Los Angeles Clippers owner and former Microsoft CEO Steve Ballmer on Tuesday said that under his leadership Microsoft didn't do enough to develop new capabilities in hardware. The comments come after Microsoft devices like the Surface Studio and Surface Book have been well received under Ballmer's successor, Satya Nadella.
Microsoft did develop new capabilities in cloud services under his reign, Ballmer told Recode's Kara Swisher and Kurt Wagner at Recode's Code Conference in Rancho Palos Verdes, California, on Tuesday. But when it comes to hardware, the company was not as proactive.
"Companies get successful with an idea, with talent around the idea and with capability as a company to execute on the idea. It turns out if you want to have a second idea that is different than the first, you may need new talent, but you also need new capability. And you don't get new capability overnight," Ballmer said.
"So if you're lucky enough to invent the first thing and the second thing before nobody else does, then you can build new capability. But I think I was too slow, in cases, to recognize the need for new capability. And particularly in hardware. I wish we'd built the capability to be a world-class hardware company, because one of the new expressions of software is essentially the hardware, and I think we came to that later than I think the company should have built that under my leadership should have built that capability earlier than we did."
During Ballmer's tenure -- from 2000 to 2014 -- Microsoft did introduce the Windows Phone platform, bringing the core operating system into the mobile age, and bought Nokia to try and kickstart a mobile handset business in 2013. However, the Windows Phone platform never took off, and the company has since written down the value of the Nokia purchase and essentially exited the phone business.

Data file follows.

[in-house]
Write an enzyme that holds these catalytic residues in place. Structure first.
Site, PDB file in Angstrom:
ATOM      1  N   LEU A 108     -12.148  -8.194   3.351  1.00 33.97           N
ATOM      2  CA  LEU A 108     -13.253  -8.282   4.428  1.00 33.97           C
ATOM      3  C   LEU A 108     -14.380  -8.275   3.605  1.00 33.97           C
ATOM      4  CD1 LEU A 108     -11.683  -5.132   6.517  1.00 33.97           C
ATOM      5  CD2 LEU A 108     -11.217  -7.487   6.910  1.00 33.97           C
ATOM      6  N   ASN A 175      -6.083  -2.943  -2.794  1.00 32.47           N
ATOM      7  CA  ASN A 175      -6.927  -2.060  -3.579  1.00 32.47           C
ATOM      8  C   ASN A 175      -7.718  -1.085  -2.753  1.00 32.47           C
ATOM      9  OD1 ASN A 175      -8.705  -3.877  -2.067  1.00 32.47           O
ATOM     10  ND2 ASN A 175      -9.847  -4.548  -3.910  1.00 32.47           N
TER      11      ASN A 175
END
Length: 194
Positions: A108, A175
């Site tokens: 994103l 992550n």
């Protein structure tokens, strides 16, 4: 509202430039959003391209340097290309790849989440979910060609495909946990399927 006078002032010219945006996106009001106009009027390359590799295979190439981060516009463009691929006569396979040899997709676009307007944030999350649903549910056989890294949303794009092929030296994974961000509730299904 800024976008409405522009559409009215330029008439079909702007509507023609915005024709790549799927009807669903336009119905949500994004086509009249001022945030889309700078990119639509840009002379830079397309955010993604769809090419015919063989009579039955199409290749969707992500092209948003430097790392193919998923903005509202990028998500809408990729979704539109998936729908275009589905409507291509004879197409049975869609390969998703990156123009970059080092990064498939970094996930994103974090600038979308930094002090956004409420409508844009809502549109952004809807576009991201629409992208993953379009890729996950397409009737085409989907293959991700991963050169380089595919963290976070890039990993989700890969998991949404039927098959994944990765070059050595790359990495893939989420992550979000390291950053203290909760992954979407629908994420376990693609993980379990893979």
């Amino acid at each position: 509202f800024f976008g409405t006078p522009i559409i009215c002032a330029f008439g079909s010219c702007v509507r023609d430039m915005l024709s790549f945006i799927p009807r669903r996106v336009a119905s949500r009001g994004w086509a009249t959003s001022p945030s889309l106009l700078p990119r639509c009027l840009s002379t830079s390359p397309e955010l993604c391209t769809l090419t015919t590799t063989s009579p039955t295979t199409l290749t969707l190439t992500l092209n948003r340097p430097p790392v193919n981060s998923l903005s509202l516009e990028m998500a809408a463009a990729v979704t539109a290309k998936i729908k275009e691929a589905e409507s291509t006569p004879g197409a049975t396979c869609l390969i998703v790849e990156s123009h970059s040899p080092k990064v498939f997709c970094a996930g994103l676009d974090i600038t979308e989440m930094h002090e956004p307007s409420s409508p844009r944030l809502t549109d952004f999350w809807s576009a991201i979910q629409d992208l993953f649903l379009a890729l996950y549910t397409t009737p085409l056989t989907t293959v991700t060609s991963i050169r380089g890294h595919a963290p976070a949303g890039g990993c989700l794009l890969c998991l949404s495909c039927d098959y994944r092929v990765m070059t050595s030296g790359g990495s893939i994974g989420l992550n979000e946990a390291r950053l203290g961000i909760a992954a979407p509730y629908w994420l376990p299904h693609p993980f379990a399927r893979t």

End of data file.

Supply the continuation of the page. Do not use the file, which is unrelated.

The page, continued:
The company also unveiled the Surface convertible tablet. That product stumbled early on -- in 2013 Microsoft made a $900 million write-down for the Surface RT -- but it has recovered with the release of new versions.
With Ballmer as CEO, Microsoft grew its enterprise business from non-existent to about $20 billion in revenue per year, while maintaining high profits on the company's traditional cash cows, Windows and Office.
"The thing I would say we missed with Phone is we tried to use the old techniques -- software licensing and blah, blah, blah," Ballmer said. "We tried to use all the same techniques, and the same techniques were never going to get us there. We had the wrong monetization model, we had the wrong delivery model -- all of that, and it's because we didn't build new capability."
But the company has since developed that new hardware capability under Nadella, Ballmer said.